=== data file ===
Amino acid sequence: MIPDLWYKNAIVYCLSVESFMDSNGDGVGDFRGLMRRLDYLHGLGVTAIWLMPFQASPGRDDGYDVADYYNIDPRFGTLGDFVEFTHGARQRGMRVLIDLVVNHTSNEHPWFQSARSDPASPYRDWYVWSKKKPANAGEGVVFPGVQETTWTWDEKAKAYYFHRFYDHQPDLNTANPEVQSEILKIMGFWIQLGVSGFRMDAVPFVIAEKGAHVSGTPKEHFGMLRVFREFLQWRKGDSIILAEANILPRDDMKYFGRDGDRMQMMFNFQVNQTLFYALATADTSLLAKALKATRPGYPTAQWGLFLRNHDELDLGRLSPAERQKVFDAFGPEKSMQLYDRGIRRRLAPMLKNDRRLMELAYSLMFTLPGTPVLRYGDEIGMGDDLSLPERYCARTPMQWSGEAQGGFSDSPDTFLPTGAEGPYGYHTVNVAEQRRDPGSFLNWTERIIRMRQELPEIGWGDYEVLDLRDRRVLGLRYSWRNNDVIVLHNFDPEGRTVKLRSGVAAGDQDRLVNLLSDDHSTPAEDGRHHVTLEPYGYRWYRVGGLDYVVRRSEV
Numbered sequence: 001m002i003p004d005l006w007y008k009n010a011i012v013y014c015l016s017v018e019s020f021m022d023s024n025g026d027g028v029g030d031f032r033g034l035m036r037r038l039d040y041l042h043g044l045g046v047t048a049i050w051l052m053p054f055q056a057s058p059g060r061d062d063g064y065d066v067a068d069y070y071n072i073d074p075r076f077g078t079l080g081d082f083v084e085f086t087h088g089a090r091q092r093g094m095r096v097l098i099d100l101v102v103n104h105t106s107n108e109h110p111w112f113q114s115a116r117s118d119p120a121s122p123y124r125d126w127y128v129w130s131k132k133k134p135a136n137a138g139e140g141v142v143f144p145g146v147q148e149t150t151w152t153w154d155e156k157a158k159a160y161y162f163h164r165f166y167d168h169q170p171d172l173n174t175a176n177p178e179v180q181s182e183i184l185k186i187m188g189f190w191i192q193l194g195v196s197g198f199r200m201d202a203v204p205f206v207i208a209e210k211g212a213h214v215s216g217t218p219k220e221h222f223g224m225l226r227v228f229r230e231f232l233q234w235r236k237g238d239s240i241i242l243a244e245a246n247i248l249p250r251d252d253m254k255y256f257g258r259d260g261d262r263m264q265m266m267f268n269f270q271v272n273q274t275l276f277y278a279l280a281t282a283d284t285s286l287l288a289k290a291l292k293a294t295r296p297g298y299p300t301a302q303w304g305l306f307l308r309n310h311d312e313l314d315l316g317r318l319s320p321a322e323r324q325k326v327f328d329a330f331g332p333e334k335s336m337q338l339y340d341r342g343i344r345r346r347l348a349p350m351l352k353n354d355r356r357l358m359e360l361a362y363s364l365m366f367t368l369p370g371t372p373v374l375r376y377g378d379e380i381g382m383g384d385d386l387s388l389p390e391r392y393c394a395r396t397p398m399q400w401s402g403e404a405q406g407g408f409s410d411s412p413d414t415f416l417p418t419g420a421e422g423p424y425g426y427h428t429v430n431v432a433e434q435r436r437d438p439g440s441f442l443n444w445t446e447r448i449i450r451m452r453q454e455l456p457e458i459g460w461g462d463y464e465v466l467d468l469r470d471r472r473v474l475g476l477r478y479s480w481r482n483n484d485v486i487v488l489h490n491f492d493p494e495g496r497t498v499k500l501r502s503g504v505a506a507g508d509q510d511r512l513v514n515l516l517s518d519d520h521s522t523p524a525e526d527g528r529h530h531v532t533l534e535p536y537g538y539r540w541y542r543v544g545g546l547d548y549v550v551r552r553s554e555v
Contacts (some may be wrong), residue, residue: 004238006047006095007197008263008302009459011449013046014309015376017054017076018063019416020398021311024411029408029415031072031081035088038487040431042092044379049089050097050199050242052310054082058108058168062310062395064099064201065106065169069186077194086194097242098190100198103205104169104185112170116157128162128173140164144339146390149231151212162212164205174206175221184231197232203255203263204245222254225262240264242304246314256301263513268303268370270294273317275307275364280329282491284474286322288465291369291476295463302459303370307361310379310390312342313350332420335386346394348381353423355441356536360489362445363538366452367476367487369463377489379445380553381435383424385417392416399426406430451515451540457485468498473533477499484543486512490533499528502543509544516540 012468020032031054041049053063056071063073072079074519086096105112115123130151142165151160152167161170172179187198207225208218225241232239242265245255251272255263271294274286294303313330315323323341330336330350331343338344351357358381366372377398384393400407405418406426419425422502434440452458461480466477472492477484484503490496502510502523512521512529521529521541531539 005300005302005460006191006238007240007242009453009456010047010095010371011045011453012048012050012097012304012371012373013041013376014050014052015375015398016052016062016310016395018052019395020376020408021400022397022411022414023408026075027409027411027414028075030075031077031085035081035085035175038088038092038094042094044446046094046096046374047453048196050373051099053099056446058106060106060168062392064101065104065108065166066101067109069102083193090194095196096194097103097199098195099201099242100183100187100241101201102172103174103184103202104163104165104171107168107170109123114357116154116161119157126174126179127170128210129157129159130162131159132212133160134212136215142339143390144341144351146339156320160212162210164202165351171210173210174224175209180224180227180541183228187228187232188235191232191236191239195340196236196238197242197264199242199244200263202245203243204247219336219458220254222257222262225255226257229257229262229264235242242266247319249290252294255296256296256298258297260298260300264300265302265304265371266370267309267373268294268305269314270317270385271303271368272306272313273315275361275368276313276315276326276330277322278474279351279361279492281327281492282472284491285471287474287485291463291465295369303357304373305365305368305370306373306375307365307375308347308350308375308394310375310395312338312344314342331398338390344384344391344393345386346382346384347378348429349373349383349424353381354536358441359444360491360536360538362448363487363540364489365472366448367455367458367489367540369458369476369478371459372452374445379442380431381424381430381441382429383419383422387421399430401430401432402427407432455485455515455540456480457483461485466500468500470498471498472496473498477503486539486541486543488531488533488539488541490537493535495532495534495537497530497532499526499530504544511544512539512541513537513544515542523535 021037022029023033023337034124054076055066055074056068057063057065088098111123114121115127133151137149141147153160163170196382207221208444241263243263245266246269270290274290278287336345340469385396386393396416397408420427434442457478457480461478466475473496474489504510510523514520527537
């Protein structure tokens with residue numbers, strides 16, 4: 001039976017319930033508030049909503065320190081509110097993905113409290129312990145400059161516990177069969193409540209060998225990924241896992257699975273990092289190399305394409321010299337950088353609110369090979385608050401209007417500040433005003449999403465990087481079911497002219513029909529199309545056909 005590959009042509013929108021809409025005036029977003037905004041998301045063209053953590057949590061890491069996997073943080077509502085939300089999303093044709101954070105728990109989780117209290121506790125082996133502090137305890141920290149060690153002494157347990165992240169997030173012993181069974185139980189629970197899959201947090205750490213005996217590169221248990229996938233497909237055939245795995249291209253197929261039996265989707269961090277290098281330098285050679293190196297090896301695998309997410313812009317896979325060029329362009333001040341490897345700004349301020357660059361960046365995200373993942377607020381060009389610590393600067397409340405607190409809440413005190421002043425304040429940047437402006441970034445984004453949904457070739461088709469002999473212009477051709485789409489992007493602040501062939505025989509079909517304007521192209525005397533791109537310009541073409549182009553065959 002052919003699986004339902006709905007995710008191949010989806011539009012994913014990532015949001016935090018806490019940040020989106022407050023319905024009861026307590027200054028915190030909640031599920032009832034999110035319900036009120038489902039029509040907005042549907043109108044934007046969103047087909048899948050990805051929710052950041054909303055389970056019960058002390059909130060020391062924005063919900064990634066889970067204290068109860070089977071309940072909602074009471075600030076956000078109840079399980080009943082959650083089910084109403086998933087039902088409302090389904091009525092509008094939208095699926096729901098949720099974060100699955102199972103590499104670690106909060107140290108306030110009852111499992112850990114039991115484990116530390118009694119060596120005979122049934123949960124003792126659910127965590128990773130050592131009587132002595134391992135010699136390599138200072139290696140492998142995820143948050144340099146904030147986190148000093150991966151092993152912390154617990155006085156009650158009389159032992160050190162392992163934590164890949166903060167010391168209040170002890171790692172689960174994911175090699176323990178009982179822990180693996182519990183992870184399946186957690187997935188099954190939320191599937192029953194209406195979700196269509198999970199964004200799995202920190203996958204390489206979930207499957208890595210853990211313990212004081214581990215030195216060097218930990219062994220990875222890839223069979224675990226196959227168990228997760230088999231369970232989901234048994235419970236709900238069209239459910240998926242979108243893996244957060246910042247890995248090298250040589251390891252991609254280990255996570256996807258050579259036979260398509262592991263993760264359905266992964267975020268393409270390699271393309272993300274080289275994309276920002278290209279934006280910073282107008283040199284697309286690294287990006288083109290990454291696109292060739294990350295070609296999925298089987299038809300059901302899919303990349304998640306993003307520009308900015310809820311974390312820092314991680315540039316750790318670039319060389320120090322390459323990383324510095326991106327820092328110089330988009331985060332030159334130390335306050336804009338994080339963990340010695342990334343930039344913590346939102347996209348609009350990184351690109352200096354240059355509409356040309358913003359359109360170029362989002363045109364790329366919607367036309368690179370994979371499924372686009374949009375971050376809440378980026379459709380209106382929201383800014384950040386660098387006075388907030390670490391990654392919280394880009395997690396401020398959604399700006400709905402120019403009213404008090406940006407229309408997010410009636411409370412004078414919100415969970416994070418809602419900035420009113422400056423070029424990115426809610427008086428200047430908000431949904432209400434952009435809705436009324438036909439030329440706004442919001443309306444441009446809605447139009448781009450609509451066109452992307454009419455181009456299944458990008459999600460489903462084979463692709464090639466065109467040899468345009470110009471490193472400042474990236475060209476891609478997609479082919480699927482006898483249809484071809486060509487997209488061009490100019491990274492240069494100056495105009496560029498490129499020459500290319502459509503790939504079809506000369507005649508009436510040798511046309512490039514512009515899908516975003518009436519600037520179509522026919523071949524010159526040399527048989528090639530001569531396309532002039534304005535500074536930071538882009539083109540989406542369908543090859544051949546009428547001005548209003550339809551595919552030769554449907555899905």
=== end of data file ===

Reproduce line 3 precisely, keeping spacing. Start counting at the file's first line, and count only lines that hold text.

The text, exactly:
Contacts (some may be wrong), residue, residue: 004238006047006095007197008263008302009459011449013046014309015376017054017076018063019416020398021311024411029408029415031072031081035088038487040431042092044379049089050097050199050242052310054082058108058168062310062395064099064201065106065169069186077194086194097242098190100198103205104169104185112170116157128162128173140164144339146390149231151212162212164205174206175221184231197232203255203263204245222254225262240264242304246314256301263513268303268370270294273317275307275364280329282491284474286322288465291369291476295463302459303370307361310379310390312342313350332420335386346394348381353423355441356536360489362445363538366452367476367487369463377489379445380553381435383424385417392416399426406430451515451540457485468498473533477499484543486512490533499528502543509544516540 012468020032031054041049053063056071063073072079074519086096105112115123130151142165151160152167161170172179187198207225208218225241232239242265245255251272255263271294274286294303313330315323323341330336330350331343338344351357358381366372377398384393400407405418406426419425422502434440452458461480466477472492477484484503490496502510502523512521512529521529521541531539 005300005302005460006191006238007240007242009453009456010047010095010371011045011453012048012050012097012304012371012373013041013376014050014052015375015398016052016062016310016395018052019395020376020408021400022397022411022414023408026075027409027411027414028075030075031077031085035081035085035175038088038092038094042094044446046094046096046374047453048196050373051099053099056446058106060106060168062392064101065104065108065166066101067109069102083193090194095196096194097103097199098195099201099242100183100187100241101201102172103174103184103202104163104165104171107168107170109123114357116154116161119157126174126179127170128210129157129159130162131159132212133160134212136215142339143390144341144351146339156320160212162210164202165351171210173210174224175209180224180227180541183228187228187232188235191232191236191239195340196236196238197242197264199242199244200263202245203243204247219336219458220254222257222262225255226257229257229262229264235242242266247319249290252294255296256296256298258297260298260300264300265302265304265371266370267309267373268294268305269314270317270385271303271368272306272313273315275361275368276313276315276326276330277322278474279351279361279492281327281492282472284491285471287474287485291463291465295369303357304373305365305368305370306373306375307365307375308347308350308375308394310375310395312338312344314342331398338390344384344391344393345386346382346384347378348429349373349383349424353381354536358441359444360491360536360538362448363487363540364489365472366448367455367458367489367540369458369476369478371459372452374445379442380431381424381430381441382429383419383422387421399430401430401432402427407432455485455515455540456480457483461485466500468500470498471498472496473498477503486539486541486543488531488533488539488541490537493535495532495534495537497530497532499526499530504544511544512539512541513537513544515542523535 021037022029023033023337034124054076055066055074056068057063057065088098111123114121115127133151137149141147153160163170196382207221208444241263243263245266246269270290274290278287336345340469385396386393396416397408420427434442457478457480461478466475473496474489504510510523514520527537